The deep-sea hunt for the missing Malaysia Airlines jetliner will likely include cutting-edge sonar equipment when it ramps up again in October after the stormy southern hemisphere winter has passed, the Australian head of the search team said Wednesday.

The Australian Transport Safety Bureau, which oversees the recovery operation on Malaysia's behalf, has been criticized by some deep-sea salvage experts for not choosing synthetic aperture sonar, or SAS, from the outset of the hunt for Flight 370 that began far off the west Australian coast in October last year.

With the standard side-scan sonar that has been used to scour half the search area so far, the sonar image of a seabed feature becomes less clear the farther it is away. With SAS, the sonar image remains sharp regardless of distance.

Martin Dolan, the bureau's chief commissioner, said negotiations are underway to hire SAS equipment to add to a fourth ship that would join the search in the coming months, with the aim of combing the entire 120,000-square kilometre search area in the Indian Ocean by the middle of next year.

Only two ships have continued the search through the harsh winter months using standard side-scan sonar.

"Our preference would be to get synthetic if we can, but we can make use of conventional side-scan," Dolan said.

Missing Malaysia Plane

This flaperon from the trailing edge of a Boeing 777 wing is believed to be from Malaysia Airlines Flight MH370, which disappeared March 8, 2014, with 239 people on board. (Lucas Marie/Associated Press)

"The advantage of synthetic is that you can get greater resolution, so it helps in those areas that require closer examination," he said.

Fugro Survey Pty. Ltd., the Dutch underwater survey company hired by Australia to search for the plane that vanished on March 8, 2014 with 239 people aboard, has defended its use of traditional side-scan sonar. Fugro search director Paul Kennedy has described SAS as developing technology with some questions about its reliability.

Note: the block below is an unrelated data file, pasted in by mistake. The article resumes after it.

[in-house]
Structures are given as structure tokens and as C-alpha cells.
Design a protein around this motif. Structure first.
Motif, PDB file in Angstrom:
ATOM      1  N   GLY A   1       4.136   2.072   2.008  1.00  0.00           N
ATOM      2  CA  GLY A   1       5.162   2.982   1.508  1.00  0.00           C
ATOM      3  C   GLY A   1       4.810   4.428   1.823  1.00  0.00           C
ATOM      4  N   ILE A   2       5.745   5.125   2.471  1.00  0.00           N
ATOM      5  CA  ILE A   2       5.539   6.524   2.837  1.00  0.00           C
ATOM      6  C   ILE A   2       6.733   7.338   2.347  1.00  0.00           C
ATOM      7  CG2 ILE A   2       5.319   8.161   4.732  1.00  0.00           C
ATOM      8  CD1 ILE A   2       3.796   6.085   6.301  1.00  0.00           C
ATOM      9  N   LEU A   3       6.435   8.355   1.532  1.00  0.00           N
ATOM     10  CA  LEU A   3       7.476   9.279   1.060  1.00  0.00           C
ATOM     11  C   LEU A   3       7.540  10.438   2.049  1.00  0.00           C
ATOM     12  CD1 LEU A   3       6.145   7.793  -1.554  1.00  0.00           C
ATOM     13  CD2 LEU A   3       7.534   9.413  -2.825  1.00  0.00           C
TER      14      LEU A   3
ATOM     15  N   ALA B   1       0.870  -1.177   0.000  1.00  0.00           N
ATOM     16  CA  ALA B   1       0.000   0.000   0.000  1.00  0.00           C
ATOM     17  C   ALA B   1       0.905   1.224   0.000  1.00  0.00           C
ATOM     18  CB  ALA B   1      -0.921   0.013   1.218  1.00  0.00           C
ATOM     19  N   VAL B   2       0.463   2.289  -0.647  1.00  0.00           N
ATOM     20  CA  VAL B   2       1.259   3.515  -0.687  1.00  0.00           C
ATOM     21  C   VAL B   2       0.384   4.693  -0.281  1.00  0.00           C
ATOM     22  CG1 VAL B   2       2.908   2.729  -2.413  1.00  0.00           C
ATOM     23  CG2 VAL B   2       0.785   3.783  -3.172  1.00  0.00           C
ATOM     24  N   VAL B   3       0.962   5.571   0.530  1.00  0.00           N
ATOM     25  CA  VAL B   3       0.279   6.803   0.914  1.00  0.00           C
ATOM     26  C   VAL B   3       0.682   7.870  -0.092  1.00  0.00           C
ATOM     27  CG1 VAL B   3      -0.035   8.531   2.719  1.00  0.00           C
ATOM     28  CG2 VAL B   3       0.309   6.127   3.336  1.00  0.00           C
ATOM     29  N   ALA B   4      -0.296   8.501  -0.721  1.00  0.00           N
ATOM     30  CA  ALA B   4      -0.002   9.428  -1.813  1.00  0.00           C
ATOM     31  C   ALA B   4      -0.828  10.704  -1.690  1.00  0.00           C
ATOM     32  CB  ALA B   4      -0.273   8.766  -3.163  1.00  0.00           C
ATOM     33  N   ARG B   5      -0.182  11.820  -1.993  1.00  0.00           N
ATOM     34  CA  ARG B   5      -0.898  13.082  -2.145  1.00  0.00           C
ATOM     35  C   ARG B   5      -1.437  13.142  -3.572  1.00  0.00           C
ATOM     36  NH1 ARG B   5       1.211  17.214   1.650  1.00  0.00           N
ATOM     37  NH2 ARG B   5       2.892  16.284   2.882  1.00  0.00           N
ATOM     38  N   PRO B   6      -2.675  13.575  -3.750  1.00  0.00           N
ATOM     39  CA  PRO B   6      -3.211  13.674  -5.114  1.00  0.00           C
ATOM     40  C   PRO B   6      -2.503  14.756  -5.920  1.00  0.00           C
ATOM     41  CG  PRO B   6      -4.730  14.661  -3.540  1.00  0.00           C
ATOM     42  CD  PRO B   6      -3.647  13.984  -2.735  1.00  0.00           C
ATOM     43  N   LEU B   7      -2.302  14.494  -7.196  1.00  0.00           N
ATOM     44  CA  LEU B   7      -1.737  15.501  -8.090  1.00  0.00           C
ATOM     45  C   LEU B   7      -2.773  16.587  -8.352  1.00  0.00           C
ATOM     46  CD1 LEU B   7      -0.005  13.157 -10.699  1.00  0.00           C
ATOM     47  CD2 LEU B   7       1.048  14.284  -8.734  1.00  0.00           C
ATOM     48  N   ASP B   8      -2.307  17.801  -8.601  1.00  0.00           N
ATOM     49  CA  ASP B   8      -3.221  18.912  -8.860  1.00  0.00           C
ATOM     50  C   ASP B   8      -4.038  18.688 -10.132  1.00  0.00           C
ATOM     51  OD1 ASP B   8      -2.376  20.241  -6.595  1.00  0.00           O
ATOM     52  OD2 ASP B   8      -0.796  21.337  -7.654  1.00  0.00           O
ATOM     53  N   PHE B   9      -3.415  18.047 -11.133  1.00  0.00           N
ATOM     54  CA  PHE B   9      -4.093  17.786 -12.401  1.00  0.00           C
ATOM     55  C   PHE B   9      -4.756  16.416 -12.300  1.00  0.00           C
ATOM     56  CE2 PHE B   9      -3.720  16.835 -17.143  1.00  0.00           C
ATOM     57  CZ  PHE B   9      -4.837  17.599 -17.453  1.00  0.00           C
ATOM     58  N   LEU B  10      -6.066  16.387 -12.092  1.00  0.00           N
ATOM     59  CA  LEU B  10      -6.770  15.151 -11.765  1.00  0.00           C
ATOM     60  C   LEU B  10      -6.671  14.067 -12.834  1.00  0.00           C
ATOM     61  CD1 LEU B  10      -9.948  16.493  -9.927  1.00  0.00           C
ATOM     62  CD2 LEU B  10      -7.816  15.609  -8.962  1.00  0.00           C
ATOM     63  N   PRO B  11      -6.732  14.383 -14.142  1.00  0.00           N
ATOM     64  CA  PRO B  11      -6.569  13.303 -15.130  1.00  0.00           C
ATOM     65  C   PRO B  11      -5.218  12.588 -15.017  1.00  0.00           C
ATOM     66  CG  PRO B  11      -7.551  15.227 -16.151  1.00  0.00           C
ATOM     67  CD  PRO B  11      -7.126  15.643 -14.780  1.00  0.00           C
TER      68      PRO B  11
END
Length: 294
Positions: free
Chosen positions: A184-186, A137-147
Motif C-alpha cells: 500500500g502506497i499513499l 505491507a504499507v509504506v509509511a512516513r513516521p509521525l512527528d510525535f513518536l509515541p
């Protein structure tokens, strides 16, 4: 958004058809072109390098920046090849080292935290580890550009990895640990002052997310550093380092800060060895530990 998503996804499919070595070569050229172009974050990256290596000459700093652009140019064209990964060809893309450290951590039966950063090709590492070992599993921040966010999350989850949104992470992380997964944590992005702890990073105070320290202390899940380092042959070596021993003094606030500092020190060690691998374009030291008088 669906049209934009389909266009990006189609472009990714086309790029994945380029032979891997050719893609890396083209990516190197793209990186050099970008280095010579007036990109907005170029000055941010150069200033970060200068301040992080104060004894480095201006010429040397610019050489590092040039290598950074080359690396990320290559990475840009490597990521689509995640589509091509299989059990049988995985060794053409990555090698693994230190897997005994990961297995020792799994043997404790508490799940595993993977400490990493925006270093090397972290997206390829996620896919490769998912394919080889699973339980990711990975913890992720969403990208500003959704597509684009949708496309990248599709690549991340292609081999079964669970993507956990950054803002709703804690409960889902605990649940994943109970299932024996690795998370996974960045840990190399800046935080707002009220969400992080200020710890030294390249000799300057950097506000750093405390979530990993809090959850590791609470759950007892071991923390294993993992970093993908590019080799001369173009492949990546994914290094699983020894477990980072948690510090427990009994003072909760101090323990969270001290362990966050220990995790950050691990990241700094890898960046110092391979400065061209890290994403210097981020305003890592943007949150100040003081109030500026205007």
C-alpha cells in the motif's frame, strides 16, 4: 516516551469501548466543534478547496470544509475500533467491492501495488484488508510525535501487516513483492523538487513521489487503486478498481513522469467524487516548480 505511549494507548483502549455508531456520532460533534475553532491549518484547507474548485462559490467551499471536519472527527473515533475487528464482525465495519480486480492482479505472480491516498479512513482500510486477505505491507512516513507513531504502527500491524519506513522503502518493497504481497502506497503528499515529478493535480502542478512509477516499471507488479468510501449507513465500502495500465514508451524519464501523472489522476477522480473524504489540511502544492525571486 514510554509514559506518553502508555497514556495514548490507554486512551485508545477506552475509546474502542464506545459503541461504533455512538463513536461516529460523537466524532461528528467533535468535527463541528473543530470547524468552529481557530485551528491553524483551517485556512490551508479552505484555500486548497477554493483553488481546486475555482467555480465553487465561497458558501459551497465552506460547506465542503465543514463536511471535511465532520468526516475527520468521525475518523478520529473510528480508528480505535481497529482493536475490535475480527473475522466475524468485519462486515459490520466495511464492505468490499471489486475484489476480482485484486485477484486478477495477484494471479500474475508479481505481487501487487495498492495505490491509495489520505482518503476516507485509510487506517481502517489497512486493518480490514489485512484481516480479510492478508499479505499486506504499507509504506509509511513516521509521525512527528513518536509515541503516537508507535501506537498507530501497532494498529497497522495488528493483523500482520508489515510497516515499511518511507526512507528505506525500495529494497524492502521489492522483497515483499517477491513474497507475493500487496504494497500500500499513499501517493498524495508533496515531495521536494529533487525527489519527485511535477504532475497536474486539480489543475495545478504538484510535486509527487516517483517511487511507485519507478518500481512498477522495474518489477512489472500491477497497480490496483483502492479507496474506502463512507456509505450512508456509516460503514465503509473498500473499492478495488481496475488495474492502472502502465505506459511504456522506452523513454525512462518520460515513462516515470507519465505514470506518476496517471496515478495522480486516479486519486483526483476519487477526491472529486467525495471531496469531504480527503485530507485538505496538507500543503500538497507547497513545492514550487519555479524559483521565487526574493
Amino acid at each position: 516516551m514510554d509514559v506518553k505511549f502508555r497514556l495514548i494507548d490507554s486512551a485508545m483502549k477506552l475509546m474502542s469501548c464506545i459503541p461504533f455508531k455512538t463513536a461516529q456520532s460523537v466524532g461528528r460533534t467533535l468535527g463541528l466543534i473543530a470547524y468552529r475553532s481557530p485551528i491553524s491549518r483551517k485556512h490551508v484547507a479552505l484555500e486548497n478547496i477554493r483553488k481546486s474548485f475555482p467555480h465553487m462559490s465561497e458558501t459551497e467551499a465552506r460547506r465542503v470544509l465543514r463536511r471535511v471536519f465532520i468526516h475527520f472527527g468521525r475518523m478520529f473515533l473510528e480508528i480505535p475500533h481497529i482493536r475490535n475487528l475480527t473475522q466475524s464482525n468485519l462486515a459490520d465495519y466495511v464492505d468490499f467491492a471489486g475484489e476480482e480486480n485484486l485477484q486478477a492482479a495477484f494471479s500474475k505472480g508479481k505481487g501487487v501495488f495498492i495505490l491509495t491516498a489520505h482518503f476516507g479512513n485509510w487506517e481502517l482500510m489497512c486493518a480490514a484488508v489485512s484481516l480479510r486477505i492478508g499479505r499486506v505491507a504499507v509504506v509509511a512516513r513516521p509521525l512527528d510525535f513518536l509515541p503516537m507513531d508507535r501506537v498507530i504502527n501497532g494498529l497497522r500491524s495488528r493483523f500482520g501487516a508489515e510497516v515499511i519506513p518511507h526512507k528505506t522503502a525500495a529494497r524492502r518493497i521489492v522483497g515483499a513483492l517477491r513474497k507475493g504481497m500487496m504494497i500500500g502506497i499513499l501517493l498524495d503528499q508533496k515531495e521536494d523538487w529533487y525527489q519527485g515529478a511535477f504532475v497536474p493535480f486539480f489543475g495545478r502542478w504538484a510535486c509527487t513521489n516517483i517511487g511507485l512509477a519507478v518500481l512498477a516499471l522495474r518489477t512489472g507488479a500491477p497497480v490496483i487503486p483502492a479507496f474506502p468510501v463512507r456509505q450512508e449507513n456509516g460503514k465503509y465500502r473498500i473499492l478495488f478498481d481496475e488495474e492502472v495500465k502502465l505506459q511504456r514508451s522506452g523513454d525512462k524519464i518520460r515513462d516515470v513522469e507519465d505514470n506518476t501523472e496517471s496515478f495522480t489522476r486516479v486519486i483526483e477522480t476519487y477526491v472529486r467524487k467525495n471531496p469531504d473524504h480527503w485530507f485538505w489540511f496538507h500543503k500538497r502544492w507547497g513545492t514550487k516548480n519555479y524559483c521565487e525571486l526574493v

Critics fear that aircraft wreckage several hundred metres from traditional side-scan sonar transponders could be invisible. Fugro points to its success in March in finding a 19th century ship wreck more than 300 metres from a sonar transponder as proof that their equipment works.

The search for MH370 has covered more than 60,000 square kilometres of seabed, focusing on flat and featureless expanses where the expensive sonar equipment can be towed quickly with less risk of crashing into underwater mountains.

But the area includes holes that searchers describe as "data gaps due to shadows caused by geological features." These sonar shadows have been catalogued and will be searched later before any seabed is declared free of wreckage.

June or July completion

Dolan said starting in October, these shadows will be searched by an underwater drone equipped with a video camera. The so-called autonomous underwater vehicle has spent the southern-hemisphere winter at the Australian port city of Fremantle because it does not cope well with mountainous winter seas.

Dolan hopes SAS will also be used to search shadows. But even without SAS, he expects the search will be completed by June or July if wreckage is not found.

Senior government officials from Australia, Malaysia and China — which lost 153 Chinese citizens in the disaster — are to meet in Australia next month to discuss the future funding of the search.

So far, the underwater search has cost about $76 million ($80 million Australian), with the Australian and Malaysian governments splitting the cost. China refused in June a request to pay a third of it. 

Australia expects the search will cost the same amount in the fiscal year that started July 1, and hopes Malaysia will again pay half.